First, please go back and read and take to heart my note about grinning smiley faces.
You are rationalizing.
I think you're using a word that you don't know the meaning of.
But since the original posting implied that the plumber was saying that the valve had to be LOWERED to accomodate the spout,
Where did she indicate the supply came from below? You made an assumption, and are demonstrating the well documented risks of doing so.
The valve goes wherever it is convenient to use it, REGARDLESS of how high or low the spout is, even though it may be directly below the valve.
Real world: Like most other construction details, placement of valves/spouts is a compromise between user convenience and installer convenience (and the buyer's willingness to pay for the installer's inconvenience), with some technical limits thrown in.
There's a risk to sweeping generalizations like "anywhere", "always" or "never".
There's also a risk (to health) of taking everything as seriously as a heart attack, ignoring clear signs of levity to do so!
If the problem is interference between the trim ring and spout because the original valve and spout are too close together, then moving the valve is going to necessitate more tile work than putting the valve in the original location and lowering the spout. Obviously we are working blind and just guessing WHY he said the lines had to be modified.
08-18-2009, 09:25 AM
My question is related to this. I have a three handle tub/shower fixture that I want to replace with a pressure balanced shower with a diverter. The three handles sit about 7 inches above the tub and above the tub faucet. If I have a pressure balanced shower control installed at a convenient point for when standing in the tub, what do I use to cover the three holes that will be left from the old system and do I risk tiles being cracked when drilling the new hole?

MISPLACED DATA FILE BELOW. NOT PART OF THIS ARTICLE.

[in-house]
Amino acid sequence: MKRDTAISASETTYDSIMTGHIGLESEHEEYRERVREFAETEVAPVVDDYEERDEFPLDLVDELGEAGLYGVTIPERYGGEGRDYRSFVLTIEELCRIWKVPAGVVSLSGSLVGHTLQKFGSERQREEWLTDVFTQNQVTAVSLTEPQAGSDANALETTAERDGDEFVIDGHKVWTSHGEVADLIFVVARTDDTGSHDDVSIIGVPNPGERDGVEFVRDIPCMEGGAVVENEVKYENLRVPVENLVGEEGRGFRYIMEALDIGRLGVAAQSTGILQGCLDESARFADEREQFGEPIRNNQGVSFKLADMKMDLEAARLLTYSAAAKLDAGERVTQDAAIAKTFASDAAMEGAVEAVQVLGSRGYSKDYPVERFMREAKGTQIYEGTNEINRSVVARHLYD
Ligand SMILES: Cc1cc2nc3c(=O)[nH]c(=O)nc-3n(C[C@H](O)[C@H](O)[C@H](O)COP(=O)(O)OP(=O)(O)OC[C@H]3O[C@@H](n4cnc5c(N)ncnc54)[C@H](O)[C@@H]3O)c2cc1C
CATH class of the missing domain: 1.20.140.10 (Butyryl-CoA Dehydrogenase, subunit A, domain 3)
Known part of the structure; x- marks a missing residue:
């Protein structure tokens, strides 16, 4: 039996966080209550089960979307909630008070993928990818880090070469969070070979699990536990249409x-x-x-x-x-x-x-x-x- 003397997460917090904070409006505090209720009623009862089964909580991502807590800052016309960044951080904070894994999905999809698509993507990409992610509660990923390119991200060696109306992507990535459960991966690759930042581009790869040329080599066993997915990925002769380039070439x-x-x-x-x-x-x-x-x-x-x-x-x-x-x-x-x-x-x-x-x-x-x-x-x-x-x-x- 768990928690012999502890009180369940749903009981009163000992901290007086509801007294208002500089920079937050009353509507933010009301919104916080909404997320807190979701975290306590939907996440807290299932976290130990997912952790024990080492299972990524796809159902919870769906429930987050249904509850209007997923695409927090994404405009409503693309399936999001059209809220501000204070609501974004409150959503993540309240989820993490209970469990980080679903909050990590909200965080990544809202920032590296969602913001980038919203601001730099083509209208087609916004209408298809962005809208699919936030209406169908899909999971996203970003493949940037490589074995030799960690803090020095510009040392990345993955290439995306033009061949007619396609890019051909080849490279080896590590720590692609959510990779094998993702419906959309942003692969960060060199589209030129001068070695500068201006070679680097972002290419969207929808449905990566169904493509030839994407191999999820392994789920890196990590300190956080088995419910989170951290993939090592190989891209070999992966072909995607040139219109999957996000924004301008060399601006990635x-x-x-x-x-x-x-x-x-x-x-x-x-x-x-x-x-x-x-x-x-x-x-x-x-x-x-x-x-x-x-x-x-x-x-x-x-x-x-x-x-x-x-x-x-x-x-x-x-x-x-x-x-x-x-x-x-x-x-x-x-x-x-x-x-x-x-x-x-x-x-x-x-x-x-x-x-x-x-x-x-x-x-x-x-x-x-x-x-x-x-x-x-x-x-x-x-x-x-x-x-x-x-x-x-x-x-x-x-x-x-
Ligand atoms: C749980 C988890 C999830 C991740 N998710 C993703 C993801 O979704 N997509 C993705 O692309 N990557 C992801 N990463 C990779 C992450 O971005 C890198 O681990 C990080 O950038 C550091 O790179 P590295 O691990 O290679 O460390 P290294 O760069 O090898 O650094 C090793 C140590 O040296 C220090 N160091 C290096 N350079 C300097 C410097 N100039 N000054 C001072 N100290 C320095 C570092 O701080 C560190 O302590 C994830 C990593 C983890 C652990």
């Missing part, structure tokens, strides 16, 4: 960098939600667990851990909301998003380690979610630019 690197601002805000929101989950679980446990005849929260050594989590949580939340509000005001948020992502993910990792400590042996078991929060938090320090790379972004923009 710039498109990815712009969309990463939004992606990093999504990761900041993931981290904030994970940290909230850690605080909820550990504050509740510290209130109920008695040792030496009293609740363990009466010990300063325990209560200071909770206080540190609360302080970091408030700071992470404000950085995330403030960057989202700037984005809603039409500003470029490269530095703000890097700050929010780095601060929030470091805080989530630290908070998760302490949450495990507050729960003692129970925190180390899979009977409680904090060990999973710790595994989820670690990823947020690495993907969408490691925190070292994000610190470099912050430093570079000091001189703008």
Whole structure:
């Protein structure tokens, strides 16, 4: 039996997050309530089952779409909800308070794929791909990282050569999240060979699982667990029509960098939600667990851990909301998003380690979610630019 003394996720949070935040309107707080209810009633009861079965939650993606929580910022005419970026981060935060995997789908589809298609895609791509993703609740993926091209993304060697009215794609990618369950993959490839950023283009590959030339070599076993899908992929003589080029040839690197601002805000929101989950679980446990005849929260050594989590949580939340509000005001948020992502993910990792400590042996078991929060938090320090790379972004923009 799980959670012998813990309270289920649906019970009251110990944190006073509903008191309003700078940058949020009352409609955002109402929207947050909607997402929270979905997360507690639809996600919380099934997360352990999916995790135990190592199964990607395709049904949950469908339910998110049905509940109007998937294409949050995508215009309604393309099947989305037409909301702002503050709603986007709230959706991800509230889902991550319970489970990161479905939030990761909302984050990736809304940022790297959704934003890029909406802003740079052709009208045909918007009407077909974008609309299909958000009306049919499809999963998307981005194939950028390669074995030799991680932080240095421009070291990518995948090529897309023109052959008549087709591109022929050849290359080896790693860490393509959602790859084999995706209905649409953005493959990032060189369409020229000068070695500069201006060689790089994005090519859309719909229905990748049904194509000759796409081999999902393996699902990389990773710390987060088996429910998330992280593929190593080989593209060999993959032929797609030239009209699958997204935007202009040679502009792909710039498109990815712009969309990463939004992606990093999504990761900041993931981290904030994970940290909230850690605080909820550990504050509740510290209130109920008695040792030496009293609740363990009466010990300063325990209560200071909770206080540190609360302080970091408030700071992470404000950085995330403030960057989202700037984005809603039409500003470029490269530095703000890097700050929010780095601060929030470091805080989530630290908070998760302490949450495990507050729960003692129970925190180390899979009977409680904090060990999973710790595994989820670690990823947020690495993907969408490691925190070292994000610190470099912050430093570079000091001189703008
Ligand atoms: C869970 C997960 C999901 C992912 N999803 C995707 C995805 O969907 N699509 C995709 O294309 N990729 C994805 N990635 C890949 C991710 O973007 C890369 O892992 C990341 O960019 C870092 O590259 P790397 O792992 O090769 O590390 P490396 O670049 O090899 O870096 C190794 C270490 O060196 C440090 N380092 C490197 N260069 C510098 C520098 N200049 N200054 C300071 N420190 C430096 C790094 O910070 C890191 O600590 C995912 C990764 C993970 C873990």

Also, if I have to remove the tub faucet to replace it with one with a diverter, is there likely to be significant damage to the tiles?
I understand that I can install a new three handle fixture (because there was already one there). This is a rental house so maybe that's my best option (and cheaper), but temperature control is really the issue.
Thanks for any advice you can give.
08-18-2009, 11:45 AM
This Old House did a show on exactly this, and you may be able to watch it on their site. You can get a remodel plate that will cover the bigger hole. Only gotcha is it is fairly big...you may need to verify you'll still have room to mount the tub spout.
Typically, you can remove the spout without damaging the tile. They come in two general types: screw-on, and slide-on. If there is a set screw on the bottom, loosen it and pull it off. If it is solid, then it is screwed on...stick a screw driver handle in the spout and unscrew. You'll need to cut any caulk first, or it will be hard or impossible to take off.